Study report from the United Nations brings many legal issues in the context of women to the forefront. Of this a major percentage is about the sexual violence faced by women around the world. Rape and other forms of sexual violence as inflicted on women are seen to take precedence. From being beaten up by intimate partners to coercion into sex, it can be said that the patterns of abusive behavior are not just confined to a nation’s issue, but is definitely more of an international one. Department of Justice in different countries has tried to set standards, rules, and legislation in order to protect women and over the last two decades, the standpoint of the international bodies such as international human rights commission and others have also sought to address the same. In this context, this paper seeks to present and critically analyze the number of obligations in relation to states’ responses to rape and other forms of sexual violence as was proposed by the European Court of Human Rights. In addition to explaining these obligations, the essay attempts to present whether the United Kingdom has met these obligations.
In evaluating whether the United Kingdom has met them, it could be said that there are many instances where concerns have been raised. For instance, in the case of the Istanbul convention ratification which would work to prevent violence against women, it is identified that the Government signed the treaty in 2012 but has not set a proper date on when to ratify it. The government seems to lose much time in consultation with the authorities of Scotland, Wales and Northern Ireland. This leads to many issues as violence against women has become a state emergency. In the years between 2009 and 2015, it was established that women were killed in large numbers. Activists who cite the ECHR has advocated and argued for the UK government to extend the right services for critical support to women and girls who were suffering in terms of violence and sexual crimes. More services are required in the United Kingdom in order to support these women. It is found that mitigating the consequences is just one part of the equation. As the ECHR states, where the nations exercise due diligence then they are actually being proactive.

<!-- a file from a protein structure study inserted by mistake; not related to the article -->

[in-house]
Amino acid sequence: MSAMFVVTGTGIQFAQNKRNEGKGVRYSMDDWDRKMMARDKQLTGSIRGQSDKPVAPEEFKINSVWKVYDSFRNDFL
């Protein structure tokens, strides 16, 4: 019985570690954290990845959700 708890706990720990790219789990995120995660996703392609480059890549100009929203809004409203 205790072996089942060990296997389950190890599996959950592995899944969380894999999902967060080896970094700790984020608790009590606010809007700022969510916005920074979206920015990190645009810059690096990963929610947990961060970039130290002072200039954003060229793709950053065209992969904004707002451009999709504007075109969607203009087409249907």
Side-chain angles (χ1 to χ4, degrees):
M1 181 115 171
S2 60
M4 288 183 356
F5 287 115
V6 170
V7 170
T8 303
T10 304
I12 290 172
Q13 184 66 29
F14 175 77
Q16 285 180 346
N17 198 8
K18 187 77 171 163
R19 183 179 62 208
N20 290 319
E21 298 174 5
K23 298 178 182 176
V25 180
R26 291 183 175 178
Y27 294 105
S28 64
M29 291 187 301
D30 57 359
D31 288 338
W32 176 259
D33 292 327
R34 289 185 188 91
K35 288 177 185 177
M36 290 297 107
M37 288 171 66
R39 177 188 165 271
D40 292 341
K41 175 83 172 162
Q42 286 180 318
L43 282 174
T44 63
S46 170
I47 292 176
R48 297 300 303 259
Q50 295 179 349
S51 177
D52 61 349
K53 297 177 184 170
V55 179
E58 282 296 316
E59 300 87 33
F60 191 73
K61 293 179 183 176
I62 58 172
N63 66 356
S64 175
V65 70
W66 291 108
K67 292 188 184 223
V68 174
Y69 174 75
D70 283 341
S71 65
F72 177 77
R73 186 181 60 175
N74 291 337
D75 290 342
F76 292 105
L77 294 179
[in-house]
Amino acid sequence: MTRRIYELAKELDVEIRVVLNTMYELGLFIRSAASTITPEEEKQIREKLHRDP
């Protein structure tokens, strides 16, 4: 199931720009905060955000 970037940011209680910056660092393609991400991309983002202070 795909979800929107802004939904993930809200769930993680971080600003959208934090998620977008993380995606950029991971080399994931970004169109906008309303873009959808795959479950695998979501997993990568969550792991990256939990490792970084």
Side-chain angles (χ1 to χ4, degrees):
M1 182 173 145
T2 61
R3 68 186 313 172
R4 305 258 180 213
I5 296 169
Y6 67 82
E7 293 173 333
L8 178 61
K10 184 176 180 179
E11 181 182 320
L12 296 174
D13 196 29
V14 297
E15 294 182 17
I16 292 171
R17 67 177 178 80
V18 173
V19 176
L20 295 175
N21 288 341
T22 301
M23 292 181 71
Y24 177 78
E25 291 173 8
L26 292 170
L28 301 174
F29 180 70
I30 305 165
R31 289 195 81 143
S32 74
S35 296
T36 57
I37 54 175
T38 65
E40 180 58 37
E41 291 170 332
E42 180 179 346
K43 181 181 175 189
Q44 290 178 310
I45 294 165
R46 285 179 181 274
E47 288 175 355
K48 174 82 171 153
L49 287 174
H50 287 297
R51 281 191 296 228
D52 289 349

The UK government is indeed looking to develop initiatives to stop violence proactively such as that of criminalizing forced marriages and also setting up newer funds in the amount of £15 million for supporting the local services that work with the survivors. However, the issues are that the United Kingdom has taken much time for implementation and regulation and now with the standpoint in Brexit, it means such implementations would become more complex in process if not in action.